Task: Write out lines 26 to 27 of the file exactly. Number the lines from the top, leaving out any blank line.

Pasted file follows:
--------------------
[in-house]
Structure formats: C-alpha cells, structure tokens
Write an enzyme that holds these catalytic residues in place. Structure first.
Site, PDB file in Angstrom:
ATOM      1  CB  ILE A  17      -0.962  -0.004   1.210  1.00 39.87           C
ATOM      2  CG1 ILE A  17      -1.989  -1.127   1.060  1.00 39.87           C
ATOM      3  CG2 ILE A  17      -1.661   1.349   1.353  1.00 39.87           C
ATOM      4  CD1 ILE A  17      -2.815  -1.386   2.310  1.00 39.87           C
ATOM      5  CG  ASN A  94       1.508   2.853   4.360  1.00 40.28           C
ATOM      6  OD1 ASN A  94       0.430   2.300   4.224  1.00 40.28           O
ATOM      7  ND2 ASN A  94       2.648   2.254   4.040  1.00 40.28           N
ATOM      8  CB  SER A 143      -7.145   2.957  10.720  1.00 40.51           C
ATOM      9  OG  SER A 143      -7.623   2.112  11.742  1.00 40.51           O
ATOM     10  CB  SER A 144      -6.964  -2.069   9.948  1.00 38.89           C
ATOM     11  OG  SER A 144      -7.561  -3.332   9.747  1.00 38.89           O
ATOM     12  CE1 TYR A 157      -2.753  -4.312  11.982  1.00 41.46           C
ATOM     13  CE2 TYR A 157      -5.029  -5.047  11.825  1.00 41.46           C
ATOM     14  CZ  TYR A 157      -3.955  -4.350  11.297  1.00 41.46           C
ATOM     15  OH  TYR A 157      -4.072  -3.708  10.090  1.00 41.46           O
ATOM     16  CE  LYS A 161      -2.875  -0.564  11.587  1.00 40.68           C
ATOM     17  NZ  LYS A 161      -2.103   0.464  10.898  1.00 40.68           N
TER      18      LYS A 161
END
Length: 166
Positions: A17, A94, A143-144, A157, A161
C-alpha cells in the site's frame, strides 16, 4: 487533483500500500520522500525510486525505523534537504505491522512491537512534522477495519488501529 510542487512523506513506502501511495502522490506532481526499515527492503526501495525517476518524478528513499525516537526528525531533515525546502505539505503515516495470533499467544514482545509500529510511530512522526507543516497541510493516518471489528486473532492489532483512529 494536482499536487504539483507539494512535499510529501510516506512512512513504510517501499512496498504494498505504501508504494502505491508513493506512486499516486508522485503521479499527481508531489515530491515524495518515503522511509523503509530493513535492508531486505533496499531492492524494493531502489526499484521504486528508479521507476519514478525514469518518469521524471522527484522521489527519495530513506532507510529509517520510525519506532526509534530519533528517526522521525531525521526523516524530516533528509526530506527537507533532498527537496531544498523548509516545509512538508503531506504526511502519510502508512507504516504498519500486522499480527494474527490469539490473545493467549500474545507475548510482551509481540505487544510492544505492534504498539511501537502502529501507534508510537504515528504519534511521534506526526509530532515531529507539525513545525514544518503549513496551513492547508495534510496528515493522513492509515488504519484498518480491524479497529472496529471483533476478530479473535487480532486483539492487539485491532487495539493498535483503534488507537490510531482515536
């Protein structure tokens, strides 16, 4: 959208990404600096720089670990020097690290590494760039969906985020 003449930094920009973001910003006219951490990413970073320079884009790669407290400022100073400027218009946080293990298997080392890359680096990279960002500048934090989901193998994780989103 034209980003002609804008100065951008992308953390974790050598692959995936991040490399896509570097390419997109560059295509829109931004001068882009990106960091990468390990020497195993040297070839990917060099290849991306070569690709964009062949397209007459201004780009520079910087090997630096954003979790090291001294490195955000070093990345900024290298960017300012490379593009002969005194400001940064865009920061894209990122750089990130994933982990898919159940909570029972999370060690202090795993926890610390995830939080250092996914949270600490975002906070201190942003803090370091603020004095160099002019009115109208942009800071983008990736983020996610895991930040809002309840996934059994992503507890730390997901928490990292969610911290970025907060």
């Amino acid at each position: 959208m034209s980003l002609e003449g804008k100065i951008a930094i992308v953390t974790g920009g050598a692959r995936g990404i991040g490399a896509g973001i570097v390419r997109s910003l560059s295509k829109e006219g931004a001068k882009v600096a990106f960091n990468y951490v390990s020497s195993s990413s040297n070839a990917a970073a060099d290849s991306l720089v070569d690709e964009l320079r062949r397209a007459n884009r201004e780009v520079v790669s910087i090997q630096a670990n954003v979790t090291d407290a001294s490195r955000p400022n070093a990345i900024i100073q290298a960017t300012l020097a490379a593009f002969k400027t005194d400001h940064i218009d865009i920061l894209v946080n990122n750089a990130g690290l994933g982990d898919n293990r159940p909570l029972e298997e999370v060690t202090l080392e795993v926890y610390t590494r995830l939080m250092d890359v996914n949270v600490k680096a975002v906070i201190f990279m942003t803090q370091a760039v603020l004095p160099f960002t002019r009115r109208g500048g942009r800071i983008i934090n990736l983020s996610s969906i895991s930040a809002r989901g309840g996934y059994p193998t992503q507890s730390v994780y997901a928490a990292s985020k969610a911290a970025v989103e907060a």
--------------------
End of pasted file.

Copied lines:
C-alpha cells in the site's frame, strides 16, 4: 487533483500500500520522500525510486525505523534537504505491522512491537512534522477495519488501529 510542487512523506513506502501511495502522490506532481526499515527492503526501495525517476518524478528513499525516537526528525531533515525546502505539505503515516495470533499467544514482545509500529510511530512522526507543516497541510493516518471489528486473532492489532483512529 494536482499536487504539483507539494512535499510529501510516506512512512513504510517501499512496498504494498505504501508504494502505491508513493506512486499516486508522485503521479499527481508531489515530491515524495518515503522511509523503509530493513535492508531486505533496499531492492524494493531502489526499484521504486528508479521507476519514478525514469518518469521524471522527484522521489527519495530513506532507510529509517520510525519506532526509534530519533528517526522521525531525521526523516524530516533528509526530506527537507533532498527537496531544498523548509516545509512538508503531506504526511502519510502508512507504516504498519500486522499480527494474527490469539490473545493467549500474545507475548510482551509481540505487544510492544505492534504498539511501537502502529501507534508510537504515528504519534511521534506526526509530532515531529507539525513545525514544518503549513496551513492547508495534510496528515493522513492509515488504519484498518480491524479497529472496529471483533476478530479473535487480532486483539492487539485491532487495539493498535483503534488507537490510531482515536
């Protein structure tokens, strides 16, 4: 959208990404600096720089670990020097690290590494760039969906985020 003449930094920009973001910003006219951490990413970073320079884009790669407290400022100073400027218009946080293990298997080392890359680096990279960002500048934090989901193998994780989103 034209980003002609804008100065951008992308953390974790050598692959995936991040490399896509570097390419997109560059295509829109931004001068882009990106960091990468390990020497195993040297070839990917060099290849991306070569690709964009062949397209007459201004780009520079910087090997630096954003979790090291001294490195955000070093990345900024290298960017300012490379593009002969005194400001940064865009920061894209990122750089990130994933982990898919159940909570029972999370060690202090795993926890610390995830939080250092996914949270600490975002906070201190942003803090370091603020004095160099002019009115109208942009800071983008990736983020996610895991930040809002309840996934059994992503507890730390997901928490990292969610911290970025907060």